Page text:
MIPS is one of the most prolific, longest-living industry-standard processor architectures, existing in numerous incarnations over nearly three decades.
MIPS has powered products including game systems from Nintendo and Sony; DVRs from Dish Network, EchoStar and TiVo; set-top boxes from Cisco and Motorola; DTVs from Samsung and LG; routers from Cisco, NetGear and Linksys; automobiles from Toyota, Volvo, Lexus and Cadillac; printers from HP, Brother and Ricoh; digital cameras from Canon, Samsung, FujiFilm, Sony, Kodak, Nikon, Pentax and Olympus; and countless others.
At the heart of MIPS is its RISC (reduced instruction set computing) instruction set, which was an entirely new concept for computer architecture at the time of its inception in the early 1980s.
The basic idea of RISC is that using simple instructions, which enable easier pipelining and larger caches, can dramatically boost performance. The emergence of high-level programming languages and compilers in the early 1980s enhanced this value proposition, making it possible for programmers to compile code into simple instructions that would execute extremely quickly.
Around that time, several other industry trends converged, creating an ideal environment for a disruptive company to bring RISC technology to market. These included the advent of the fabless semiconductor model, introduction of UNIX as an open, portable operating system, and proliferation of VLSI design in research labs, enabling increased experimentation with new ideas and technologies such as RISC. You can read more about these trends in a transcript of a 2011 Computer History Museum panel, MIPS Oral History Panel Session 1: Founding the Company.
In 1981, Dr. John Hennessy at Stanford University led a team of researchers in building a new microprocessor using RISC principles – this was the MIPS project.
Technologists John Moussouris, Edward “Skip” Stritter and others then joined Hennessy in 1984 to commercialize the MIPS project, through the creation of MIPS Computer Systems, a fabless semiconductor company that was the first to produce a commercially available RISC microprocessor.
MIPS’ value proposition was in providing high performance at low cost. In retrospect, the benefits of RISC may sound obvious, but at the time, RISC represented a fundamental philosophical shift. The MIPS team not only had to develop and sell a new product, but they also had to evangelize a new design philosophy.
The company’s first chip design, the R2000, was released in 1985, based on the MIPS I Instruction Set Architecture (ISA), and the next design, the R3000, was released in 1988. It was used primarily in SGI’s workstations, and later in workstations and servers from DEC. Based on its growing traction, in 1989, MIPS Computer Systems went public. The R6000 was then introduced based on the MIPS II ISA. In 1991, MIPS released the world’s first 64-bit microprocessor, the R4000. This design was extremely important to MIPS’ biggest customer, SGI, and as such, SGI bought MIPS in 1992. SGI subsequently incorporated MIPS as a wholly owned subsidiary, MIPS Technologies, Inc. It was during this time that SGI introduced its IRIS Crimson product, the first 64-bit workstation, which was featured in the movie Jurassic Park. More about this on Wikipedia here and here.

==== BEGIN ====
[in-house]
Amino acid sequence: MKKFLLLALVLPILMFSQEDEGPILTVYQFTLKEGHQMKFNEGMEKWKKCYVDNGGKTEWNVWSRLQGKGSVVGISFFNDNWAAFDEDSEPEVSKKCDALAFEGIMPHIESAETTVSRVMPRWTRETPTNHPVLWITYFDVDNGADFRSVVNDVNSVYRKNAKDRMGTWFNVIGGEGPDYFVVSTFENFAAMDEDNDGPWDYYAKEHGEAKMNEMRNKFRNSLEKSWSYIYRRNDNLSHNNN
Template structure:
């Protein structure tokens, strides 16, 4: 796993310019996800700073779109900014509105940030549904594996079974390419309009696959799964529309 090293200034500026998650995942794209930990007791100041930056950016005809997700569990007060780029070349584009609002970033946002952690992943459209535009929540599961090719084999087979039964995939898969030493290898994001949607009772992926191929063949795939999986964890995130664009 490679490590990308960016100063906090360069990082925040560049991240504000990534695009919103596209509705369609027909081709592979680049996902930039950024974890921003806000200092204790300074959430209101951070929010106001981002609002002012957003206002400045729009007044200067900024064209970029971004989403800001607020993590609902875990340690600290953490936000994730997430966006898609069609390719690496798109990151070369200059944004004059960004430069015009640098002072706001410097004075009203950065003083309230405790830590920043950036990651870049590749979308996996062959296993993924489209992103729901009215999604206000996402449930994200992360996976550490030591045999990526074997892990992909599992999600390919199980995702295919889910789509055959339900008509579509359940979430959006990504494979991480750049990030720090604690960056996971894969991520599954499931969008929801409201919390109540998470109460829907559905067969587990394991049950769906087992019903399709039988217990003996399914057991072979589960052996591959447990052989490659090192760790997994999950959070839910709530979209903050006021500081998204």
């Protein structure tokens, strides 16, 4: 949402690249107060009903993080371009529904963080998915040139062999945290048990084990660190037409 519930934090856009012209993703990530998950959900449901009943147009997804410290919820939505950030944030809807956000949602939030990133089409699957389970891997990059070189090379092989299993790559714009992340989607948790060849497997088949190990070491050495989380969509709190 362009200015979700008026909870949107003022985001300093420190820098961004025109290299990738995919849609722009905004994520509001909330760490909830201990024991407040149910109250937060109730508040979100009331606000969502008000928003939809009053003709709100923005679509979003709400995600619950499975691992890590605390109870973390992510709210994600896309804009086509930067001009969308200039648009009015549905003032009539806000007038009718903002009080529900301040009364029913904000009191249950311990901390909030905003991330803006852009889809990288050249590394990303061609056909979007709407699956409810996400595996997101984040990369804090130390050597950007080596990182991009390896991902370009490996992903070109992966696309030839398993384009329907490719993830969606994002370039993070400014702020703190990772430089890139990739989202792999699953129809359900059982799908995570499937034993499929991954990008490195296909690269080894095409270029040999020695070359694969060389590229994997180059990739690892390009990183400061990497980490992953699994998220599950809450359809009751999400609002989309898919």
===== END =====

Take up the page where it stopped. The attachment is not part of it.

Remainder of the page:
Over the next several years, MIPS introduced the R8000, R10000 and other processor variants. With each generation, more functionality was added to the MIPS architecture. During this time, MIPS began licensing its processor designs to other companies. By the late 1990s, the MIPS architecture continued to proliferate, and in 1997, the company shipped a record-breaking 48 million units. Riding on this momentum, SGI spun MIPS out as an IP company, with a business model based on licensing its architecture and microprocessor core designs. MIPS Technologies, Inc. subsequently held an IPO in 1998. You can get more in-depth information on the history of MIPS from Wikipedia here.
Around this time, MIPS introduced the 32-bit MIPS32® ISA and the 64-bit MIPS64® ISA – compatible architectures that leveraged the previous MIPS I, MIPS II, MIPS III, MIPS IV and MIPS V releases. With this move, the privilege resource architecture (PRA) and ISAs were standardized, laying the foundation for future innovation.
Since then, the MIPS architecture has continued to evolve, adding numerous innovations including a 64-bit floating point unit for 32-bit CPUs, multi-threading, DSP support, microcontroller-specific extensions, the microMIPS™ code compression ISA, enhanced virtual addressing (EVA) and much more. With Release 5 of the MIPS architecture, the company is rolling out hardware virtualization and SIMD support.
MIPS licensees have shipped more than 3 billion units since 2000. The ever-evolving MIPS architecture is inside of a large range of products, including the majority of DTVs, set-top boxes and WiFi routers shipping today. With the advent of the open, portable Android OS, MIPS is also now shipping inside of mobile devices. As intelligence is increasingly designed into just about every product from thermostats to high-end consumer products, the embedded microprocessor market is thriving, and the MIPS architecture continues to evolve to meet the needs of new generations of products while maintaining its simple, elegant RISC roots. For more info: www.mips.com.Share this post via: